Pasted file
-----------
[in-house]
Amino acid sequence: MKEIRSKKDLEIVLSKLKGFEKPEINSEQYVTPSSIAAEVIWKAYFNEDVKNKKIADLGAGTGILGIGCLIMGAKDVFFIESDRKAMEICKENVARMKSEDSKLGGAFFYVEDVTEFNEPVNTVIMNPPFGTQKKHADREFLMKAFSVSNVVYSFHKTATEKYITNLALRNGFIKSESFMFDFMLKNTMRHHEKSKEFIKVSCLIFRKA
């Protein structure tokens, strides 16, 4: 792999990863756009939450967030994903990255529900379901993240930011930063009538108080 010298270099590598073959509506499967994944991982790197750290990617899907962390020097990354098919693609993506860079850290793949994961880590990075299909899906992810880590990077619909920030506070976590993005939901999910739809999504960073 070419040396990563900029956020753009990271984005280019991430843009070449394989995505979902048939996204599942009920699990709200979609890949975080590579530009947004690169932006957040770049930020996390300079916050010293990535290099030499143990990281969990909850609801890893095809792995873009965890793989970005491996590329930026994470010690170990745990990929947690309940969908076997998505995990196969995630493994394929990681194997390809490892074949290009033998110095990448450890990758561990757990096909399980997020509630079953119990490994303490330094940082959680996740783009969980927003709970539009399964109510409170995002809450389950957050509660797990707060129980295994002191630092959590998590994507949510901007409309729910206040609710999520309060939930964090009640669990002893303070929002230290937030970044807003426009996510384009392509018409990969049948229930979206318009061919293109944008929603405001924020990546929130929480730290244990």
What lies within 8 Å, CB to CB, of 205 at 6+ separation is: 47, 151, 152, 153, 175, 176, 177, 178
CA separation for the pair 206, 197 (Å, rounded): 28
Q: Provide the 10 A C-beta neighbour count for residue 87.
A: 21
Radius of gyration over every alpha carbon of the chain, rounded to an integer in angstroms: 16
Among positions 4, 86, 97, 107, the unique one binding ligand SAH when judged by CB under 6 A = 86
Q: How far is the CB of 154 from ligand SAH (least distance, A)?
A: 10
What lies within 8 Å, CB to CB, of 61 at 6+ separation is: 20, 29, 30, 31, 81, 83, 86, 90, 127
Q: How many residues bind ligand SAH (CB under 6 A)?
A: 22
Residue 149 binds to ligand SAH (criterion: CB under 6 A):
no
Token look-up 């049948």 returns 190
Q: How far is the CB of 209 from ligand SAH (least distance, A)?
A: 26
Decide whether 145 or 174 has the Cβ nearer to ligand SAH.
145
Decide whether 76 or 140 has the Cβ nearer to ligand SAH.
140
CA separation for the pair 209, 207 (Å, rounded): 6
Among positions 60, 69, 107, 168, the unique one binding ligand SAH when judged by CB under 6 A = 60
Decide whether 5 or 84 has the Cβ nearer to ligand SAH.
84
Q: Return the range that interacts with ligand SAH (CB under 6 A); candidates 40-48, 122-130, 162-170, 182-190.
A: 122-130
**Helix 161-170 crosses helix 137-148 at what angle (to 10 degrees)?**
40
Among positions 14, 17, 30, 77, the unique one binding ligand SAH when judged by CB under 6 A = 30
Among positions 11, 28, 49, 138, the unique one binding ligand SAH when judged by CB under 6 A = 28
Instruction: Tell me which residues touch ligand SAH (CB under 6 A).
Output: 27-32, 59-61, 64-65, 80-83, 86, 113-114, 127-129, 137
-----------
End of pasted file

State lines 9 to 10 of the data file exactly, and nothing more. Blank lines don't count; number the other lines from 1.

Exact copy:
Among positions 4, 86, 97, 107, the unique one binding ligand SAH when judged by CB under 6 A = 86
Q: How far is the CB of 154 from ligand SAH (least distance, A)?